Jerry Leigh Named New Dickies Girl Licensee

Veteran Los Angeles apparel maker Jerry Leigh of California has been given the license to make Dickies Girl juniors apparel. The license was awarded by Texas work wear company Williamson-Dickie Manufacturing Co., which has been making hard-core work wear as well as more fashionable pieces since 1922.

The Oct. 30 announcement said that Jerry Leigh would start design, production and sales of the line immediately. Products will include work and fashion tops, bottoms, outerwear, juniors underwear, sleepwear and loungewear.

Jerry Leigh takes over the Dickies Girl license from Los Angeles–based Apparel Limited Inc., which had been making Dickies Girl apparel for about 15 years.

“Dickies has a rich and storied history, and Jerry Leigh is thrilled to be involved with this revered brand,” said Andrew Leigh, president and chief executive of Jerry Leigh, founded by his father in 1962. ‘We are excited to have been selected to grow and update the Dickies Girl pants and tops business. We also look forward to supporting the category with fashion items to wear in social settings.”

Apparel Limited founder Masud Sarshar, who launched his company in the late 1980s, started to dye classic Dickies bib-overalls in 24 bright colors in 1996. Shortly afterwards, he approached Williamson-Dickie about obtaining the exclusive license for Dickies Girl, which he won. For years, he injected color and youthfulness to the juniors brand and sold it at major department stores and specialty stores.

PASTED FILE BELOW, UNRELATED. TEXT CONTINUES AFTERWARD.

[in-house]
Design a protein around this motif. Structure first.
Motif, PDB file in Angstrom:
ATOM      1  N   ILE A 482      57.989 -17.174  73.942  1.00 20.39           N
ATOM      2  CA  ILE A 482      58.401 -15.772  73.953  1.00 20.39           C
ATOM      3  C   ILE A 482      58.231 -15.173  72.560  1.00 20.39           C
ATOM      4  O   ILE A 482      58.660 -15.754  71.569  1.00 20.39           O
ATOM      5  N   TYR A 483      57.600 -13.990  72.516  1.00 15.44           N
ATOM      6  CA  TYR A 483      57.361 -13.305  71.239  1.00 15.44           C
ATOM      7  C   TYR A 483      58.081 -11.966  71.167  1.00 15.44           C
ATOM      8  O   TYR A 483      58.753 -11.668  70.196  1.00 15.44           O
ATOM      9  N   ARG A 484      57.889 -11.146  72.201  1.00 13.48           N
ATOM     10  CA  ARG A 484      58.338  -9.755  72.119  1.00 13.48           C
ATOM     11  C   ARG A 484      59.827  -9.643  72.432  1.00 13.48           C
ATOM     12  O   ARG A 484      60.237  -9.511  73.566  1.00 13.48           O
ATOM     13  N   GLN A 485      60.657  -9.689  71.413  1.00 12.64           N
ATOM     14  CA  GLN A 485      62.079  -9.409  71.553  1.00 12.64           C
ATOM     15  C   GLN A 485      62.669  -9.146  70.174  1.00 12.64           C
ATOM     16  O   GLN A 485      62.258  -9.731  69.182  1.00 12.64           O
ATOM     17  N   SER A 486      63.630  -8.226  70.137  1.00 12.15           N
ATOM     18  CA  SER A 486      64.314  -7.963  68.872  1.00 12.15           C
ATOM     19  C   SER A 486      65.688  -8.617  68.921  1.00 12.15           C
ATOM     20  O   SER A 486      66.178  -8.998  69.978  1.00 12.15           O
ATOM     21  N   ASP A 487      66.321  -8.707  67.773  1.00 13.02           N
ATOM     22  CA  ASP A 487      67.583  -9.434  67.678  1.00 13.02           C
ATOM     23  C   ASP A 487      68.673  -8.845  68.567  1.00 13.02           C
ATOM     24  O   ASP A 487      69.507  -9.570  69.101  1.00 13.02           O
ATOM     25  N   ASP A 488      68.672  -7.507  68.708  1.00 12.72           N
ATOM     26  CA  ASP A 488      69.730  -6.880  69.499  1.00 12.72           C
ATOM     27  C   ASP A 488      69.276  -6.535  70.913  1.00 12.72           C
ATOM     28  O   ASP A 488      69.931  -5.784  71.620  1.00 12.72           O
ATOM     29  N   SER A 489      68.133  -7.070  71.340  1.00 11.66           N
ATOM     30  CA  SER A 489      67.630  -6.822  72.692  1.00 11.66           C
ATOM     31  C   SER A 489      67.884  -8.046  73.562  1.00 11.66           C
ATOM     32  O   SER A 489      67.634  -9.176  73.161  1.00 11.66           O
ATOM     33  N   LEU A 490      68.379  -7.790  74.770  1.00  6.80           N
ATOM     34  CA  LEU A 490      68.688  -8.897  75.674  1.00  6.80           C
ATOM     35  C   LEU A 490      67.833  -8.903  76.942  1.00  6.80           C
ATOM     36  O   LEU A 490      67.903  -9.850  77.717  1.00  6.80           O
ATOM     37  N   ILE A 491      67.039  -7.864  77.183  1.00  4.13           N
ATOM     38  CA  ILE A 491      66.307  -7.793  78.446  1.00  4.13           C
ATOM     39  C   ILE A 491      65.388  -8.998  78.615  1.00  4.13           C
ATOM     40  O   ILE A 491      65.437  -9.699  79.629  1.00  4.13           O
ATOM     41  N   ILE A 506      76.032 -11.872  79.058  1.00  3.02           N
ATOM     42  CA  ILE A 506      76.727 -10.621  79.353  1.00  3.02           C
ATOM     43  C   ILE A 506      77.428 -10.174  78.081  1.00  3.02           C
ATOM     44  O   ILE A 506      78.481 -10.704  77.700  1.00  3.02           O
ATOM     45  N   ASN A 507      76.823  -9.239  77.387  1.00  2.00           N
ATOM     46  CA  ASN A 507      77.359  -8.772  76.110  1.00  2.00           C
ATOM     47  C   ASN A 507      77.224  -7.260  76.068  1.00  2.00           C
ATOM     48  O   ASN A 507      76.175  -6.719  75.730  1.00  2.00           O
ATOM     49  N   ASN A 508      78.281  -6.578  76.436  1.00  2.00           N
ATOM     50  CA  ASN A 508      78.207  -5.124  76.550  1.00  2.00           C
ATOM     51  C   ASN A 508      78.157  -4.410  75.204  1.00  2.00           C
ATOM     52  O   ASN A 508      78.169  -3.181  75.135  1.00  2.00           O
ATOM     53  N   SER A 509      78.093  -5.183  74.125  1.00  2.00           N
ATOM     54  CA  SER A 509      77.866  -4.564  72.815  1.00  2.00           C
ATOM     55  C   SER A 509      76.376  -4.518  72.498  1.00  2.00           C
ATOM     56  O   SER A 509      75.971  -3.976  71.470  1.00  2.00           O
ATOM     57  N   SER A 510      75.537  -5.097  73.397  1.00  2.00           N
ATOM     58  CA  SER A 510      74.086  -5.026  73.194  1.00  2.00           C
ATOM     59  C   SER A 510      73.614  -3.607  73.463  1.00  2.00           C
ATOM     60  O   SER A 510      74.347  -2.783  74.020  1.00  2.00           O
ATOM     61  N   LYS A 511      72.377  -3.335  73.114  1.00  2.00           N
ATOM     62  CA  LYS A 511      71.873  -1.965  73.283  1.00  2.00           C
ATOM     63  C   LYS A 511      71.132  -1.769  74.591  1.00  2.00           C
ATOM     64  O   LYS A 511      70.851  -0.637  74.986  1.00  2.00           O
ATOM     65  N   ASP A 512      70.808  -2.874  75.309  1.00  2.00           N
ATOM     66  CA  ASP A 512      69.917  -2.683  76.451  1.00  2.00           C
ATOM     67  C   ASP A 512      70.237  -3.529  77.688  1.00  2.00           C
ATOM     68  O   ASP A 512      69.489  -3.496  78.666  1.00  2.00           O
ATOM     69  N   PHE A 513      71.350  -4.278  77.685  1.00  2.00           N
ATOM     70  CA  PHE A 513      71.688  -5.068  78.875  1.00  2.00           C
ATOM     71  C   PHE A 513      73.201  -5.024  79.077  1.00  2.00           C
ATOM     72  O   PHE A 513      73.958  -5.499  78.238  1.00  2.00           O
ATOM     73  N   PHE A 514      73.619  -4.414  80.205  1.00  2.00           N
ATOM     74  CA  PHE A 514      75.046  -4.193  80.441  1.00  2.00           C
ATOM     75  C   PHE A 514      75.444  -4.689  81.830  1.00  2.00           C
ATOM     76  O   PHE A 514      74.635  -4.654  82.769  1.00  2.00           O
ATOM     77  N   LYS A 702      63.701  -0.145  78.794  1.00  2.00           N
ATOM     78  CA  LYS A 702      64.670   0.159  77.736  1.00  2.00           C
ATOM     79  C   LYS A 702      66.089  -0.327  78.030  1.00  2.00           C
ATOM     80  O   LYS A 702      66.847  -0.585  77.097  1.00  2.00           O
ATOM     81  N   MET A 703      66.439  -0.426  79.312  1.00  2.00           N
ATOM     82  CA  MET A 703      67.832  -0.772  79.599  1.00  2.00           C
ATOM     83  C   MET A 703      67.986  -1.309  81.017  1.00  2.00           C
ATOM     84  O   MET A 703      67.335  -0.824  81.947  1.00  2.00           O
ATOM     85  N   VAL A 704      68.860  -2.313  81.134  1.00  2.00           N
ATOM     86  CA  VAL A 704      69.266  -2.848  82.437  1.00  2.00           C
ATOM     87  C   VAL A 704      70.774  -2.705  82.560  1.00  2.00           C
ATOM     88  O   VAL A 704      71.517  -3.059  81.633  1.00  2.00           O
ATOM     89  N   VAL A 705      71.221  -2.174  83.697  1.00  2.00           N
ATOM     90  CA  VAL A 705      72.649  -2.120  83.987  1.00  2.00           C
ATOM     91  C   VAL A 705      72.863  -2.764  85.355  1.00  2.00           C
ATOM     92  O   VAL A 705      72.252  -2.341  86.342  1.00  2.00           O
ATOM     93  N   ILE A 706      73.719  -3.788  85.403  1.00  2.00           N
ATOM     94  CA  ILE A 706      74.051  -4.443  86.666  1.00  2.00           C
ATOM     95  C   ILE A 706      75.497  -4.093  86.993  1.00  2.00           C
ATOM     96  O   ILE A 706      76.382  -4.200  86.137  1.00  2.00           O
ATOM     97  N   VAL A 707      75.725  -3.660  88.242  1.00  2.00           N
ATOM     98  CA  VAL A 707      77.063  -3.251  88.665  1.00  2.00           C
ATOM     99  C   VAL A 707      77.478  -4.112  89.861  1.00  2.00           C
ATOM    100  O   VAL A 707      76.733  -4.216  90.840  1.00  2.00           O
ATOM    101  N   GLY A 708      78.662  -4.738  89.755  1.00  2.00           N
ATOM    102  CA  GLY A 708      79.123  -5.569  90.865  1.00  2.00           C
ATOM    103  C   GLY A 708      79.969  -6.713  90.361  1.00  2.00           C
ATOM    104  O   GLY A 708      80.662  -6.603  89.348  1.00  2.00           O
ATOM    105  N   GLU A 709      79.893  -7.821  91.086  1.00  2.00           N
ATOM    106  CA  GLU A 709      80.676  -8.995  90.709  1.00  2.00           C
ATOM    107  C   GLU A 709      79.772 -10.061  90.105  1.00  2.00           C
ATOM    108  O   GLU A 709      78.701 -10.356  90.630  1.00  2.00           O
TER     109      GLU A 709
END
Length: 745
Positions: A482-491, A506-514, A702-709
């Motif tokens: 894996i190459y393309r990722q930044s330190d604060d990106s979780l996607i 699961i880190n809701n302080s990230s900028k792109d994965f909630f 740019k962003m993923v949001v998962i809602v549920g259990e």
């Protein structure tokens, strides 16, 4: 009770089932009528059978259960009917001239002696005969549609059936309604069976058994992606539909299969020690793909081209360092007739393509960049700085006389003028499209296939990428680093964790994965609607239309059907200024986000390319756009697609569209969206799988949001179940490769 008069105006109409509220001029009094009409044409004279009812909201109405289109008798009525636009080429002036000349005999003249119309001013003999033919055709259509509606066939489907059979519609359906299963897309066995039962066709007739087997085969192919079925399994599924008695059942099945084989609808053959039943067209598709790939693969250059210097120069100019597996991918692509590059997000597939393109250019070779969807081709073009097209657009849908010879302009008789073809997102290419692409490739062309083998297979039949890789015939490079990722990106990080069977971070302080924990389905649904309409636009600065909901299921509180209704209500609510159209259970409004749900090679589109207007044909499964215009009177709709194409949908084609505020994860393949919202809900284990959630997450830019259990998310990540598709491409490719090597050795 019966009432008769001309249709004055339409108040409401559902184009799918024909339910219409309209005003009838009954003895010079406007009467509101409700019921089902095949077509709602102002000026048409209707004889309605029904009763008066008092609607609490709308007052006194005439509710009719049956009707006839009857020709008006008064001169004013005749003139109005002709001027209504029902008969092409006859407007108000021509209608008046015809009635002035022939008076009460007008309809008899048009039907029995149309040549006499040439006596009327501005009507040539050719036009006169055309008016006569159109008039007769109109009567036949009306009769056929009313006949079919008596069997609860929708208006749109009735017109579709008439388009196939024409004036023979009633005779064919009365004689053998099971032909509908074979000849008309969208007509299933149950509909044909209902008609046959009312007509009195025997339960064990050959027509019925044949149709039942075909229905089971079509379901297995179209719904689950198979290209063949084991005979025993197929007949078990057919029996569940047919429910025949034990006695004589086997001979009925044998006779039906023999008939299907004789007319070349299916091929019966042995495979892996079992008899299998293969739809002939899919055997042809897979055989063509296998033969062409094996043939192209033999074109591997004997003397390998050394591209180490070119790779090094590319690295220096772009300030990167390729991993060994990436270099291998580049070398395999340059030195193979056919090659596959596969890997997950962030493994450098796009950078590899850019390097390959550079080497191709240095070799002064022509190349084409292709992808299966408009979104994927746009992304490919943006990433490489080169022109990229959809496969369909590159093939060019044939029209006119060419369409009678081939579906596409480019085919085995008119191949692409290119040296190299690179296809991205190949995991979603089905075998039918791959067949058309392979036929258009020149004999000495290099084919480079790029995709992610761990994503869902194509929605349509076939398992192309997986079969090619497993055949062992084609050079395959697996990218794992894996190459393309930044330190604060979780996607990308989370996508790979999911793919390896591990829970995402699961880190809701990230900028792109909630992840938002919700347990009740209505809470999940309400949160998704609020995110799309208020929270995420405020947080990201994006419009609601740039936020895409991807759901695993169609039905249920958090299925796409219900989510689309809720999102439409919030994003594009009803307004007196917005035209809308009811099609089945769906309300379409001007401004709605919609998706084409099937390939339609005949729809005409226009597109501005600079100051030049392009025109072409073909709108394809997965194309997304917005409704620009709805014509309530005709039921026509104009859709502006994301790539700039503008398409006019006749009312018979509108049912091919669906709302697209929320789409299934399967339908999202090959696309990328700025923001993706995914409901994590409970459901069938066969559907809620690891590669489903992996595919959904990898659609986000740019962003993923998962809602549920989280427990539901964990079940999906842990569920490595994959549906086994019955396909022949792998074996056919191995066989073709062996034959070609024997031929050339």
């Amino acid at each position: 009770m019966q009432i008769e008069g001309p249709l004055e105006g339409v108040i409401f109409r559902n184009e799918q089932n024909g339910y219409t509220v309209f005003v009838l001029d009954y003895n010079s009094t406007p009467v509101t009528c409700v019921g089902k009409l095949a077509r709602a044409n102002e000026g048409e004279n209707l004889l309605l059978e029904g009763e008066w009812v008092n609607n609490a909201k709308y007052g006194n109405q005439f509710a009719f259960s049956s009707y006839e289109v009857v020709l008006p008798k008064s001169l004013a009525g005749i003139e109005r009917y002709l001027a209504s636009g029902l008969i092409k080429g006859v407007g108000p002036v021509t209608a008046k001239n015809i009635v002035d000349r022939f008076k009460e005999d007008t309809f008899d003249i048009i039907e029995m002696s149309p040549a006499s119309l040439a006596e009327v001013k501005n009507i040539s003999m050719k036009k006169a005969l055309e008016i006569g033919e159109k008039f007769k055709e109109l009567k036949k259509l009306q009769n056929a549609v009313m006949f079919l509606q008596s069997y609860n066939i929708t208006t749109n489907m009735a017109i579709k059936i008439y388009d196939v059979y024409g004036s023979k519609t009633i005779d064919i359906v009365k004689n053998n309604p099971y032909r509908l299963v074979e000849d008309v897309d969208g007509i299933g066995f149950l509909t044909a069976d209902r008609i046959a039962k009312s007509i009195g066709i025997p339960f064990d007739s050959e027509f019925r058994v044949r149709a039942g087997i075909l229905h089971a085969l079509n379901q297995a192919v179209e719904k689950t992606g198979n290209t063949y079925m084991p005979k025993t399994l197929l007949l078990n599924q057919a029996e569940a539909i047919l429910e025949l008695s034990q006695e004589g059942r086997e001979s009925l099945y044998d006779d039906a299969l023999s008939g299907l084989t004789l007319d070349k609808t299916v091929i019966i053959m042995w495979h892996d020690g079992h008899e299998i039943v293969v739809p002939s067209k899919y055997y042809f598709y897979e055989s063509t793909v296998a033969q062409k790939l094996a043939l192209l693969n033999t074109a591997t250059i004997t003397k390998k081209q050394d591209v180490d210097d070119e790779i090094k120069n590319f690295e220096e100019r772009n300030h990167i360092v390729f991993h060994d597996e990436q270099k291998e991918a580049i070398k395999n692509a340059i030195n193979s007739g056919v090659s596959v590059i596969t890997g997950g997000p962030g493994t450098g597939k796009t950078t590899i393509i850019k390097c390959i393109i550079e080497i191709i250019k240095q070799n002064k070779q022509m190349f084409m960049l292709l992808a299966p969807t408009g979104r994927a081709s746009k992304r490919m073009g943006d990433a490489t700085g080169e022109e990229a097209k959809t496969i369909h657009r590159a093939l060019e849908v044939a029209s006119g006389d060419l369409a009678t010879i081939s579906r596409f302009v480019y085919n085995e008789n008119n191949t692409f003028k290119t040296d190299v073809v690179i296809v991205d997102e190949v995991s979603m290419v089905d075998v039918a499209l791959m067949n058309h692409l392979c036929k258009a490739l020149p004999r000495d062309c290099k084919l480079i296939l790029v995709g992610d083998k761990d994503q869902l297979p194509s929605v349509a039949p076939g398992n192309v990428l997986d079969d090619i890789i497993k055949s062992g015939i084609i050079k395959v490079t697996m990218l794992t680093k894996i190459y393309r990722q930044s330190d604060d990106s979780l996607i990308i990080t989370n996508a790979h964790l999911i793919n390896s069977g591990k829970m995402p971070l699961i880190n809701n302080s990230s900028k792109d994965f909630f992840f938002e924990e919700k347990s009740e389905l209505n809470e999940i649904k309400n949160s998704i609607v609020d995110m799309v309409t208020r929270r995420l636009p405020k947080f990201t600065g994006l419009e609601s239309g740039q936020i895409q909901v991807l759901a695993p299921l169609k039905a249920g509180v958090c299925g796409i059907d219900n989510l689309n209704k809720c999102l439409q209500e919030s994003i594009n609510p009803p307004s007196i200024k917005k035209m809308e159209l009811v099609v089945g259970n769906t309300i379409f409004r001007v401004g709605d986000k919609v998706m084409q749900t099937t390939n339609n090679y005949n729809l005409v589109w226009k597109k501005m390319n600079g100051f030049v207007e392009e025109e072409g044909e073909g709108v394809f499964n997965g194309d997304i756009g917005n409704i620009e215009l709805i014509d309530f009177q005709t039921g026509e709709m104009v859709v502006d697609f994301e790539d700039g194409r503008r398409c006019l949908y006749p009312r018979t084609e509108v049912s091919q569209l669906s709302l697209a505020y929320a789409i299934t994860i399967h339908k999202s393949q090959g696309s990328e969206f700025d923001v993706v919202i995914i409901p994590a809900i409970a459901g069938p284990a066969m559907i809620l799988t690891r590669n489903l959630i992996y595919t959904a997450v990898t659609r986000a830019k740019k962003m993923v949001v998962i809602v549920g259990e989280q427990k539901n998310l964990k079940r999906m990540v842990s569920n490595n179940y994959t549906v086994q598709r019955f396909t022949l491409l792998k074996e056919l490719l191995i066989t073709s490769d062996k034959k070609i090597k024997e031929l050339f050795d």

Years later, the two had a falling out. In 2012, Apparel Limited sued Williamson-Dickie in federal court, claiming that the work wear company was cannibalizing the Dickies Girl brand. Apparel Limited said in its lawsuit that it became aware in 2010 that Williamson-Dickie allegedly was manufacturing and selling merchandise that duplicated Apparel’s custom-designed Dickies Girl line.

Apparel Limited said Williamson-Dickie was selling “even sizes” of these designs on the same racks in Walmart and other stores where Apparel’s Dickies Girl was sold in odd sizes. The products were so close that neither customers nor sales staff could distinguish between the two products, court papers said.

Sarshar said he returned the Dickies Girl license a few months ago to Williamson-Dickie.

Jerry Leigh will begin shipping Dickies Girl in February 2015 as current inventories are depleted. The company will start with legacy products and develop new items in 2015.

Jerry Leigh, who has manufacturing operations in Guatemala and Shanghai, has other licenses that include agreements with Disney, Hello Kitty, Hasbro, Paul Frank, Marvel and a host of other well-known brands. It makes clothes for men, women, children and babies.